Wednesday, 26 June 2013

The Gifts of Imperfection - Wholehearted Living

I am making notes.  Normally I don't do this. I am a firm believer in sharing your love of reading so after I read a book, I pass it along--  to my son, a friend, a colleague--to see their eyes light up when you ask them--how they like the book --- to have them ask what is the next title in the series---to have them want to discuss the characters.  It is probably why I wanted to become a teacher, and later a librarian---to inspire and impassion others.  It pours gas in my tank to keep me going and inspires me to continue to reach higher and do better in any public service. Passion breeds passion.

This book is different thought. I am writing in the margins-- in pencil--and bending the cover back as I prop it open to remind myself what I read in Brene Brown's Introduction.  (Bibliophiles everywhere are writing their hands and tsk, tsk-ing me for abuse of a book).
In the introduction, Brown tries to further define the concept of Wholehearted Living, which I appreciate.  So often, authors use a buzz word or two to capture the essence of an complex process that takes the rest of the book to define and often I get lost in the search for the meaning.  Which makes me start to think the whole thing was a piece of fluff to begin with.  I end up feeling worse for spending the money on a book I was too stupid to understand.  And I am not stupid.  So then I think maybe it is not me who is stupid?

Brene Brown digs into to Wholehearted Living in the introduction --so no messing around here. She
understands that there is work to be done to get there.  It is a process, not a onetime choice--"the journey of a lifetime".  The tools you will need are clearly laid out---Courage, Compassion and Connection.  While it might sound like she is asking you to be Superman to get this done, she assures the reader that these are things we can practice every day because in our beautifully imperfect, human lives---the practicing of Courage, Compassion and Connection (for simplicity, I'll call them the 3Cs) are our gifts of imperfection.

I like when I know where I am going:
  • She will explain what she has learned about the 3Cs and how they are tools for cultivating worthiness.
  • She will define love, belonging, worthiness and authenticity and help find ways to break through barriers that hold us back from fully experiencing them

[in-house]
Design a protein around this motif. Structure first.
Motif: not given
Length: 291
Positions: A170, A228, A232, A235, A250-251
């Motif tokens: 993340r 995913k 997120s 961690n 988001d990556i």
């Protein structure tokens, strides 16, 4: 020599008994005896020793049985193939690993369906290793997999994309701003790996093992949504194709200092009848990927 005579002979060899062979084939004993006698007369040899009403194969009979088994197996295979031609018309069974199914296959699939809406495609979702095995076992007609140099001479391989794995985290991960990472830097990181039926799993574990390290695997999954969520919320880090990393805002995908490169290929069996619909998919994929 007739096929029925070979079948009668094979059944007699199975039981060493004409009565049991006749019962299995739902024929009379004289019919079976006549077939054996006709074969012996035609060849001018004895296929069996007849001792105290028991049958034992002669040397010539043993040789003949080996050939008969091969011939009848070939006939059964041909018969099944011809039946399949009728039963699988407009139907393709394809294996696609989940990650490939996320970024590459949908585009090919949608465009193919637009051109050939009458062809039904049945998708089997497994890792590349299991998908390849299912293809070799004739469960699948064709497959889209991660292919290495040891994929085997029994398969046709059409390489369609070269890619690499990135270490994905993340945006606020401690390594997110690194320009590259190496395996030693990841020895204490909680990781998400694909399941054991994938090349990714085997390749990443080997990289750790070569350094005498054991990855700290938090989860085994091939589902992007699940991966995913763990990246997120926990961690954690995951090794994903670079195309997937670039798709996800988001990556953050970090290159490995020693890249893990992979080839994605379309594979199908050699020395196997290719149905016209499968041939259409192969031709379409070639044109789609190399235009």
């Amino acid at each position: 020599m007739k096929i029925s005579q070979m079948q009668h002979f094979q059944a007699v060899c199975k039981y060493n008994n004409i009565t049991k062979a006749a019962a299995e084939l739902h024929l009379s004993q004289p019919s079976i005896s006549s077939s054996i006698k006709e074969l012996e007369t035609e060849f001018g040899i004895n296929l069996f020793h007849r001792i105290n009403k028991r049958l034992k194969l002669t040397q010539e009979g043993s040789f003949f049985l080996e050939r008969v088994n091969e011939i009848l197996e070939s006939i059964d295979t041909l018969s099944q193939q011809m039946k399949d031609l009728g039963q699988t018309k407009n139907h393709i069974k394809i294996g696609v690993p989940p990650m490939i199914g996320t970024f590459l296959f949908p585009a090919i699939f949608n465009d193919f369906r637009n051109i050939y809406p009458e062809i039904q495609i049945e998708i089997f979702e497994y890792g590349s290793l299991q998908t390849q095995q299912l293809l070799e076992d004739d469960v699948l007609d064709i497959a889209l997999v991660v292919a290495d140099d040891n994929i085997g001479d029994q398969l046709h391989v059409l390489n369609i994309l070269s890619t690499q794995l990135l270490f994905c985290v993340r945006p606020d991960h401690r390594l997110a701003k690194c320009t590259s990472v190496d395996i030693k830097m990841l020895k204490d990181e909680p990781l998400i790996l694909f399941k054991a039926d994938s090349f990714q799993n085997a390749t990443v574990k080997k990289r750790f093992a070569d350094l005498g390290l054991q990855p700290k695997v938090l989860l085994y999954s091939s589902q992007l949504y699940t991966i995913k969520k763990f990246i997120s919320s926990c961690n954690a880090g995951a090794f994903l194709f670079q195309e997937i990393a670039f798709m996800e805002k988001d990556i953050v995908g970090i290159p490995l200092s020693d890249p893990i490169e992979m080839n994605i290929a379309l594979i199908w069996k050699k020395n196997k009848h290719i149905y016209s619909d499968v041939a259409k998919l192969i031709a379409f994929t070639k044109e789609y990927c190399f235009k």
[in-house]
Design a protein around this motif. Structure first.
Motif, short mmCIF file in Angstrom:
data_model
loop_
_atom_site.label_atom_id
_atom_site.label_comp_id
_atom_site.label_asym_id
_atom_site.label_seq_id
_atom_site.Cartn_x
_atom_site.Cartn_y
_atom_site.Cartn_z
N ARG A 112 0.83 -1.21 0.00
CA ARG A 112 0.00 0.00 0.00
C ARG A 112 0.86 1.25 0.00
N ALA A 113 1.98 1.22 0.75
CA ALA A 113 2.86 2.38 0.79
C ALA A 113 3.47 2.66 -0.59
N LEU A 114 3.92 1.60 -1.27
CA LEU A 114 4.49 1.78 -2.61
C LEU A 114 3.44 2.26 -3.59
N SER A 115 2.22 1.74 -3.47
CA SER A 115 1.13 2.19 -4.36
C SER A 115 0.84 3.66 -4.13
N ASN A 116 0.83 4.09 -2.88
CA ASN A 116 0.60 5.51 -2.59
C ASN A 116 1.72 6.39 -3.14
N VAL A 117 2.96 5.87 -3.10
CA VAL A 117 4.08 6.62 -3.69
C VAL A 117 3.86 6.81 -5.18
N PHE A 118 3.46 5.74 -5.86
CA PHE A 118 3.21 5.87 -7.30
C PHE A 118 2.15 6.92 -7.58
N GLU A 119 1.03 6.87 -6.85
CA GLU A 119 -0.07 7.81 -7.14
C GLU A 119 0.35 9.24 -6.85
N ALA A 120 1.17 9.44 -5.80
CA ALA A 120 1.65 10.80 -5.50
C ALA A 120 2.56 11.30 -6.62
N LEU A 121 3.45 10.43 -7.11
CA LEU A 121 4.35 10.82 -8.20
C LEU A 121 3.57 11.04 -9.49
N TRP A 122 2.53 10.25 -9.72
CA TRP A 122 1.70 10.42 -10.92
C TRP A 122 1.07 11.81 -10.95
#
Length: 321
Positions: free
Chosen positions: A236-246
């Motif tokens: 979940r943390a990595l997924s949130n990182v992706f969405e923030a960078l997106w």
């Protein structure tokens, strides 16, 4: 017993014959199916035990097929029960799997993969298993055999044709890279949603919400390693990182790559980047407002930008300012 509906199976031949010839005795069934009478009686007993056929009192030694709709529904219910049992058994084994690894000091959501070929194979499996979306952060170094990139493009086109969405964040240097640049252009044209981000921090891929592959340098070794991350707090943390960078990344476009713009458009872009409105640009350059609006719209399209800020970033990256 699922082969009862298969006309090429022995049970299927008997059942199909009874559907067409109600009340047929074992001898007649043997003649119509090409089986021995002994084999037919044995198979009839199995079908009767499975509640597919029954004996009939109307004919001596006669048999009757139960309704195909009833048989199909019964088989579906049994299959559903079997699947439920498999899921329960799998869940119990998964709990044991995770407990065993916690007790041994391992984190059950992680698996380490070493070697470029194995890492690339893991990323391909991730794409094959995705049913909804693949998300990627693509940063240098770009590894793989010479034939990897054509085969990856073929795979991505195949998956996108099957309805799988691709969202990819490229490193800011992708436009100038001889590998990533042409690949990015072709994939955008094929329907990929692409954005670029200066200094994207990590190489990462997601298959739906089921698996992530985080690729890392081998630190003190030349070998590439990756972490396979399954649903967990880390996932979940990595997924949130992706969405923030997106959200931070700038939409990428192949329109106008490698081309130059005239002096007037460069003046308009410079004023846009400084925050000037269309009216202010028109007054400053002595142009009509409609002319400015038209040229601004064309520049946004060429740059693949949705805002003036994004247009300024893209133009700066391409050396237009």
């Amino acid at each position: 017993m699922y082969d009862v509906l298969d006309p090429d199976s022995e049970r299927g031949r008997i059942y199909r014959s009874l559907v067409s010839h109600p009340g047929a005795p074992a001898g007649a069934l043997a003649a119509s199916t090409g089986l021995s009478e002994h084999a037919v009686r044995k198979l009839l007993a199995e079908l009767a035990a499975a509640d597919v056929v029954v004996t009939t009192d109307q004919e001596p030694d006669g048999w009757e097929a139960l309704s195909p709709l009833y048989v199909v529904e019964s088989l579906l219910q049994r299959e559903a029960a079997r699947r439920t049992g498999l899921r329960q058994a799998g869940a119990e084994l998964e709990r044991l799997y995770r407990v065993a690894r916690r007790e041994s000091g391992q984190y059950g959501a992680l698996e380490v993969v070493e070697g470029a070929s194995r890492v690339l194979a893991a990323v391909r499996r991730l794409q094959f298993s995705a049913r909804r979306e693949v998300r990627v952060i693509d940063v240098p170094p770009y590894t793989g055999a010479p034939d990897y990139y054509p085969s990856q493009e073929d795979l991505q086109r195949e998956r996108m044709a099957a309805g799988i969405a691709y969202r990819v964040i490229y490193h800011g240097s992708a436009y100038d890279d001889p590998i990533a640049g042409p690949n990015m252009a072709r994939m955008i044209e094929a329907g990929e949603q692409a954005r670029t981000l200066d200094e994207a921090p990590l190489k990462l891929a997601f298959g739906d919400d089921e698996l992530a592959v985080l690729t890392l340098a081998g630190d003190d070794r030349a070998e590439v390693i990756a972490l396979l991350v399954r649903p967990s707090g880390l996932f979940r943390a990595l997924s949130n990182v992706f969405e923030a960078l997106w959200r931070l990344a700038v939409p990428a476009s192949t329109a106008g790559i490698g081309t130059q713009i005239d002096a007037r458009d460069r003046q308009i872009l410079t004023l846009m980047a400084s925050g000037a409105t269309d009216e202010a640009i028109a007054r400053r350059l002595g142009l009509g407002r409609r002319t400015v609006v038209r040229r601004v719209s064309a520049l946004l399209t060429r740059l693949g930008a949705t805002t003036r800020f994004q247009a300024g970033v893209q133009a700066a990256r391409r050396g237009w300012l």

• She shares the time when she lost her "Dig Deep" button--the one you push when you have nothing left but must carry on...and how she replaced it with the Wholehearted model where you are:
Deliberate in thoughts and behaviors through prayer, meditation , or simply setting their intentions
Inspired to make new and different choices
Going.  Taking action.
The key to the success of this approach is my willingness to be honest with myself about what gets in the way of putting the 3C's into practice in my daily life.  If I can't do that then there will be no change. 
She promises to get into the "how" of the matter.  How to make change.  How to hang out your dirty laundry and let it go.  And these are things I have started to do and just need more practice, 
The last quote in this section I just can't paraphrase as I think it sums where I am at and what I have just started to face--in only one or two aspects of my personal and professional life.

"Owning our story can be hard but not nearly as difficult as spending our lives running from it.  Embracing our vulnerabilities is risky but no nearly as dangerous as giving up on love and belonging and joy---the experiences that make us the most vulnerable.  Only when we are brave enough to explore the darkness will be discover the infinite power of our light."
Never mind Superman--sounds more like Batman to me.  Not the easy road my any means --but one step at a time right? 

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